Fostering a child seeking refuge

There is a shortage of foster carers in Hampshire who can offer care and stability to a child seeking refuge.

These children have often fled war-torn countries, destabilising political developments or disease. They have often travelled hundreds of miles with both their reasons for moving and their journey being traumatic.

Many children seeking refuge have travelled to Hampshire alone and are unfamiliar with the area and often don’t speak English as their first language. Some arrive without proper documentation too.

A foster carer would have a transformative effect on the lives of these vulnerable children.

You would be providing support to children who are coming to terms with their new environment and cultural changes and helping them find a secure and safe place to live and begin to grow.

Fostering isn’t always easy, there are challenges to overcome and difficult days, but it’s also a chance to build new relationships, learn about other cultures and offer stability to a young person at the time it’s needed most. The support and training opportunities provided by Hampshire County Council are excellent, and the peer-to-peer support networks are second to none.

Hampshire is a diverse community and with your care and opening our community, you will not only provide them with a sense of familiarity but also the shelter, protection, stability and love they need.

We’re looking for people who want to help make positive changes, across the county to children from other countries.

Begin your fostering journey today. It’s as easy to start, as opening your front door. Discover other ways you can support us via [email protected] or signing up for our information pack here.

Above all, they are children who need support. Every child who comes to the UK has their own unique story. The child could have fled their country for a number of reasons including war, persecution, or poverty. If they arrive in the UK without an adult to take responsibility for them, they will become cared for by the local authority.

The children in our care have arrived from countries such as Sudan, Afghanistan, Eritrea, Syria, and Iran. Unlike a child from the UK, often very little is known about the background or experiences of a refugee child when they arrive. They may have experienced varying degrees of trauma in their home country, on their journey to the UK, or upon arrival.

Children seeking refuge can come into the care of Hampshire Children’s Services through two different routes:

  • The child is transferred to Hampshire in a planned way through the National Transfer Scheme.
  • The child is found spontaneously within the County.

If you are looking for an opportunity to make a big difference to a young person’s life, we encourage you to consider fostering a refugee child. Although there will be challenges along the way, it can be incredibly rewarding to see a vulnerable child progress and thrive in your care.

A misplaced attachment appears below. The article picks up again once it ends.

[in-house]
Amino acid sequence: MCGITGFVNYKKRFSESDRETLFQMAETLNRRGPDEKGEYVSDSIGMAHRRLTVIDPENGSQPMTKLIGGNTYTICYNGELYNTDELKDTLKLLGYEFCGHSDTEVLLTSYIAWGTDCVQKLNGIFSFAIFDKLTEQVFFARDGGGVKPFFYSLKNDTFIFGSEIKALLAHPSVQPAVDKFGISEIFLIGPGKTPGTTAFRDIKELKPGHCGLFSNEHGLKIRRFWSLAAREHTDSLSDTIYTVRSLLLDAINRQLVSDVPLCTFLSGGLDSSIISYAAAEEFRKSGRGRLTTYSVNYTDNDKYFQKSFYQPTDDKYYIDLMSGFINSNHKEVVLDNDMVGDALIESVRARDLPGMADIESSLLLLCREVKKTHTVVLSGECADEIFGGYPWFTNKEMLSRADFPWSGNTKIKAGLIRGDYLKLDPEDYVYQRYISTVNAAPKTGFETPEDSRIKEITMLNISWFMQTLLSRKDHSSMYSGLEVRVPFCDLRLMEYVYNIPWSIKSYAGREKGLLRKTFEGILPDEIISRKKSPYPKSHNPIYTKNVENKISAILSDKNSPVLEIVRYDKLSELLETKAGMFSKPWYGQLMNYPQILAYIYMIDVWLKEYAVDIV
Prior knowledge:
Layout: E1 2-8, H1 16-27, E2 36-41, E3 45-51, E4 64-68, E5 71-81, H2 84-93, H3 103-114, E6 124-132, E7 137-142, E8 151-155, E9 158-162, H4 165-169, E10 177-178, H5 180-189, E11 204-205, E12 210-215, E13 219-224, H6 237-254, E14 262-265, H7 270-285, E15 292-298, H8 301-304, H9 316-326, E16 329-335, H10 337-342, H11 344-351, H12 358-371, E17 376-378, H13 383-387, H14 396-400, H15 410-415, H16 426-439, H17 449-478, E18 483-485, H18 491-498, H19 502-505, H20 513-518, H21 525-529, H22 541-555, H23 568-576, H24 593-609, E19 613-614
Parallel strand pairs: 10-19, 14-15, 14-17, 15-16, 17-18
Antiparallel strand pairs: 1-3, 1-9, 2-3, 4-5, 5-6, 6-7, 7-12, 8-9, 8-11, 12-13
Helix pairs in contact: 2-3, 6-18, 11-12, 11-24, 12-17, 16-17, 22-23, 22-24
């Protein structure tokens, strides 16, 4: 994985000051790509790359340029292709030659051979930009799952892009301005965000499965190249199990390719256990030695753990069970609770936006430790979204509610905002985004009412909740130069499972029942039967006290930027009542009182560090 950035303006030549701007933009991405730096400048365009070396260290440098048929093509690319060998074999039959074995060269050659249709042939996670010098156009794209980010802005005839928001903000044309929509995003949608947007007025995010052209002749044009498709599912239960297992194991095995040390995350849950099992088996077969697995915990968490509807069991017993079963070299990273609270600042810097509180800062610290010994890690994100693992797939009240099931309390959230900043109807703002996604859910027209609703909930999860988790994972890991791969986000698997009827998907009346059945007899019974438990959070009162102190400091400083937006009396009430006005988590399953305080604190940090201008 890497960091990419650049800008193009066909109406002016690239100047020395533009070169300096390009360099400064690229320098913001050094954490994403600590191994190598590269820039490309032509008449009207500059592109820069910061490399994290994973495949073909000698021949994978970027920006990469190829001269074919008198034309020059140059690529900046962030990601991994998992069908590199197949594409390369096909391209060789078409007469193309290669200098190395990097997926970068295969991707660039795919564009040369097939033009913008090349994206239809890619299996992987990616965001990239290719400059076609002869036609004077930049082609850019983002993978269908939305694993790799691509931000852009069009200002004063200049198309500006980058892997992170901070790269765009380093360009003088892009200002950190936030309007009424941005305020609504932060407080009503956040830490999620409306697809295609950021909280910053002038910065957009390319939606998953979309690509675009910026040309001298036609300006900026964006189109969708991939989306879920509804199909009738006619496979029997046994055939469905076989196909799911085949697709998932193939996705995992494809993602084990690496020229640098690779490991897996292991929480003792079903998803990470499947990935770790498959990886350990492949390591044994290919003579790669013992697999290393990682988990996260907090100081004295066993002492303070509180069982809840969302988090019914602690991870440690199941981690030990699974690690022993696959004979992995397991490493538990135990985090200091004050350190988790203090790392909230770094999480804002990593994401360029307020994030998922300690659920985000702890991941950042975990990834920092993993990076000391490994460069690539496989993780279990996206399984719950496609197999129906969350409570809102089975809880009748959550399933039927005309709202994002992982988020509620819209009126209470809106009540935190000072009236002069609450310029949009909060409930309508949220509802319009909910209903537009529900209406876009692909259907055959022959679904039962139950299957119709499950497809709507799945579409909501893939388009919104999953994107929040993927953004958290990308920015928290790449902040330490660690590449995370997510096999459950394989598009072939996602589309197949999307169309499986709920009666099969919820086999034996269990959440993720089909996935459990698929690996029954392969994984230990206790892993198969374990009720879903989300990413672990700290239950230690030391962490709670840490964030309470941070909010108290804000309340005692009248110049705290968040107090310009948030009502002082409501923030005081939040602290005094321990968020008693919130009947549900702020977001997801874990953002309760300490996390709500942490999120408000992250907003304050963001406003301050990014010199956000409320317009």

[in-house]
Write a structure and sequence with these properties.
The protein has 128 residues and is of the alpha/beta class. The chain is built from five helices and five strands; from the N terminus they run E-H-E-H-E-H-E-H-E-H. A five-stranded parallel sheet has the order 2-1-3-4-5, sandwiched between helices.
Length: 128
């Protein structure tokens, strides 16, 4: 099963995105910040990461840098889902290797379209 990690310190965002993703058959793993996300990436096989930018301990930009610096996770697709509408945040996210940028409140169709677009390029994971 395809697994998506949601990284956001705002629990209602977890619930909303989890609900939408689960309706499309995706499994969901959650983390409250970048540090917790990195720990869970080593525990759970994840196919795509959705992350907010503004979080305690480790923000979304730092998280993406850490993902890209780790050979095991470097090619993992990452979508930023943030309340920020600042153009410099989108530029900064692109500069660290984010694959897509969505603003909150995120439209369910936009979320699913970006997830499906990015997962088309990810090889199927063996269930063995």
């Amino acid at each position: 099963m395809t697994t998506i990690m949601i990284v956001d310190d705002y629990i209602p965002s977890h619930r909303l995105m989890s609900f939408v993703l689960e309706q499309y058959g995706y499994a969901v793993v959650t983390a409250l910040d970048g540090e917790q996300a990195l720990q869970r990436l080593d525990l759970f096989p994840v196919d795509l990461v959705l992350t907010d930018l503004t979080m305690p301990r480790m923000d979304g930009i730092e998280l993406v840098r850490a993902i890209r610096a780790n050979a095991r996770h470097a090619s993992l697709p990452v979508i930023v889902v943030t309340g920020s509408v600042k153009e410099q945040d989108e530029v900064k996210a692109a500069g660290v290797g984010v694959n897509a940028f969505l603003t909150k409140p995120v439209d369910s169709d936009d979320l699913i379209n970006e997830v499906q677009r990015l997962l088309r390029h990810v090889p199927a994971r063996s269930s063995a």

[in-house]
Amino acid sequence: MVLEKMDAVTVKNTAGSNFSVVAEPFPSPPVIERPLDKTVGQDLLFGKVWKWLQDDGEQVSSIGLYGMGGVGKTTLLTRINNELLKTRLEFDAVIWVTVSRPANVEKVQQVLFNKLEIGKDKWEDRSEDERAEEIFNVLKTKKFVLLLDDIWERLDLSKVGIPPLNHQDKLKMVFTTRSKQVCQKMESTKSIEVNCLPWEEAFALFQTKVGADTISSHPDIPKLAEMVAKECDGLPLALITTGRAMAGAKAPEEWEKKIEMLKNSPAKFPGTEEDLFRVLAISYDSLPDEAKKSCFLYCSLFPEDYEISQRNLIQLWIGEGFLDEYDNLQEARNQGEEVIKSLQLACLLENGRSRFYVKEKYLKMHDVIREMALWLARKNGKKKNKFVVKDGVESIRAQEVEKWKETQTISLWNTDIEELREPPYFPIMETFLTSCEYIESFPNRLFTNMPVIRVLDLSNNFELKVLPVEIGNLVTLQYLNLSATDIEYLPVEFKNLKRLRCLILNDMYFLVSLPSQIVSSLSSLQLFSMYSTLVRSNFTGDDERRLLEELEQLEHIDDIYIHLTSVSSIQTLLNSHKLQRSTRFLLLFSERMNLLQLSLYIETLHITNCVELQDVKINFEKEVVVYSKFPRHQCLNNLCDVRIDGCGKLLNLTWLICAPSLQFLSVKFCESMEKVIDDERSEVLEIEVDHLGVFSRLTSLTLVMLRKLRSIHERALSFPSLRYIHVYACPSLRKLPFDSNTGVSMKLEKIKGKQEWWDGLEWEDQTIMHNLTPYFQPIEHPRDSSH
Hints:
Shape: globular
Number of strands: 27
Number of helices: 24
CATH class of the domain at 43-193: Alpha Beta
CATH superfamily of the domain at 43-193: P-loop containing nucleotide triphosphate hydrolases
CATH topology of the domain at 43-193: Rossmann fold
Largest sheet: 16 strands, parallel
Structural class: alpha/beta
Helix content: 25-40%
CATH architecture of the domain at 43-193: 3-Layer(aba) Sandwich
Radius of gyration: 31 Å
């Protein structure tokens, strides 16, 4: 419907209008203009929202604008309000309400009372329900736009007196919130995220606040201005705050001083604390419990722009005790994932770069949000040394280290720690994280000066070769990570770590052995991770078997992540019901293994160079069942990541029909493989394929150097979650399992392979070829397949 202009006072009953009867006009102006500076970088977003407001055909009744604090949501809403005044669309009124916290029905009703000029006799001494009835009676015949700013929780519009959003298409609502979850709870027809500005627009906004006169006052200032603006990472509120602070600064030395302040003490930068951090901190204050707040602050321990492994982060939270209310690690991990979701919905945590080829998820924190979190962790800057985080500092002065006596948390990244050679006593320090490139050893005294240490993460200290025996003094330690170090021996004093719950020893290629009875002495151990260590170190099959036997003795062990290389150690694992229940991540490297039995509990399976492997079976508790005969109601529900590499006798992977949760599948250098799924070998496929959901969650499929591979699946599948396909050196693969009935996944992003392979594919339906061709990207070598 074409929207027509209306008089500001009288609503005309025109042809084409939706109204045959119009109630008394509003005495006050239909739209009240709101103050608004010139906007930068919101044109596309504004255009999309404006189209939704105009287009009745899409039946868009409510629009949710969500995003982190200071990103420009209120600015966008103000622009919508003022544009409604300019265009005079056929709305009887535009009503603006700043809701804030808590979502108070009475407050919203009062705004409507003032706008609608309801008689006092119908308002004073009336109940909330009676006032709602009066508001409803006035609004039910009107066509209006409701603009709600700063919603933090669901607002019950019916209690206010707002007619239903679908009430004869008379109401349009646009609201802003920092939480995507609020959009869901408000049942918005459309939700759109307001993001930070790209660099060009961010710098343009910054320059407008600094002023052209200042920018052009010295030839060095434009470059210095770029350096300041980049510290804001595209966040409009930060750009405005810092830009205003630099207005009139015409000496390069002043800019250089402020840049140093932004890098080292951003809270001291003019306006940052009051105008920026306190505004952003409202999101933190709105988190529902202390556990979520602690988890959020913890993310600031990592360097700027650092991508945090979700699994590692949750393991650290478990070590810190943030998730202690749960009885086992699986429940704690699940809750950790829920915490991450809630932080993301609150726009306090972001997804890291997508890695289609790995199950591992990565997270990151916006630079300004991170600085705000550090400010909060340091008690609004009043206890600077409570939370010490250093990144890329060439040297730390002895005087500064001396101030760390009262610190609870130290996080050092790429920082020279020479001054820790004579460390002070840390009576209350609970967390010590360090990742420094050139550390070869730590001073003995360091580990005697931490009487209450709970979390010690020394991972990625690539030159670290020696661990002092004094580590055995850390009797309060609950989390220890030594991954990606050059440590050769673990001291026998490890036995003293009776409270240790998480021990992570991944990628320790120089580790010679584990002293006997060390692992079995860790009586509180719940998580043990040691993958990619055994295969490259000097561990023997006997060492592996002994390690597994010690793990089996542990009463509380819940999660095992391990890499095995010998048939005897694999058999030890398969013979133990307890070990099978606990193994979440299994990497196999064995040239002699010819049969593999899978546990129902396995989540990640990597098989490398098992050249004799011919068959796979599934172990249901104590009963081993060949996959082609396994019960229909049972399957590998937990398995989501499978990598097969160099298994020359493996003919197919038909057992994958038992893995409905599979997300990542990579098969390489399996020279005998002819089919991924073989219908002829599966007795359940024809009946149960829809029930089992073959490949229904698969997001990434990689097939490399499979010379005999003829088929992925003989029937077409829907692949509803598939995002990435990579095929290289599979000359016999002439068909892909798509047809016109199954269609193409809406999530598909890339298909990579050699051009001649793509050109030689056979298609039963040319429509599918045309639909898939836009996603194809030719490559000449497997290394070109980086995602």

Many of our young people have a strong desire to learn and can flourish with the right support. Our foster carers enjoy learning from our children too. Learning about a child’s country, culture, and background can be an enriching experience and building close relationships can have a transformative effect on both the lives of our children and our carers and their families.

Our experienced refugee team has been set up specifically to have responsibility for refugee children in Hampshire. The first four weeks in our care is about assessing and trying to gather as much information as possible. An assessment is carried out to understand the child’s journey, background, any current threats, and how we can best support them.

The social worker assigned to the child also completes a “Distress Toolkit,” which is a measure of the child’s emotional wellbeing and degrees of trauma. This enables us to provide the right kinds of support.

Refugee children have the same needs as any child coming into care – a stable, safe home, education, health care, love, respect, and support for their identity. However, they may have some additional needs, including:

  • They may have experienced trauma in their home country or during their journey to the UK and exhibit symptoms of post-traumatic stress.
  • There may be some health needs that need attention such as dentistry or accessing vaccinations as they may not have had access to healthcare in their home country.
  • Some children may speak little English and will need support to learn the language.
  • They may experience feelings of isolation, separation, loss or survivors' guilt.
  • They may need support communicating with family and maintaining connections.
  • They may need support adjusting to life in the UK and understanding a different culture.
  • They may have a mistrust of authorities and may need support in understanding roles and support services.
  • They may have regular appointments with an immigration professional who is assisting them with the asylum process.

Empathy and trust

We are looking for foster carers who can empathise with experiences of separation, loss and bereavement and who can support the child as an individual. Refugee children may find it difficult to trust anyone and tell their story. This may be due to fear of repercussions from the person who facilitated entry to the UK, or fear of endangering their friends and family back home. It is important to go at their pace, be consistent and stable, and build their trust.

Culture, language and religion

It is important that children are supported in maintaining their own language, religion and cultural identity. This could include cultural activities, cooking traditional meals or accessing resources. Every child is unique.

Community, healthcare and education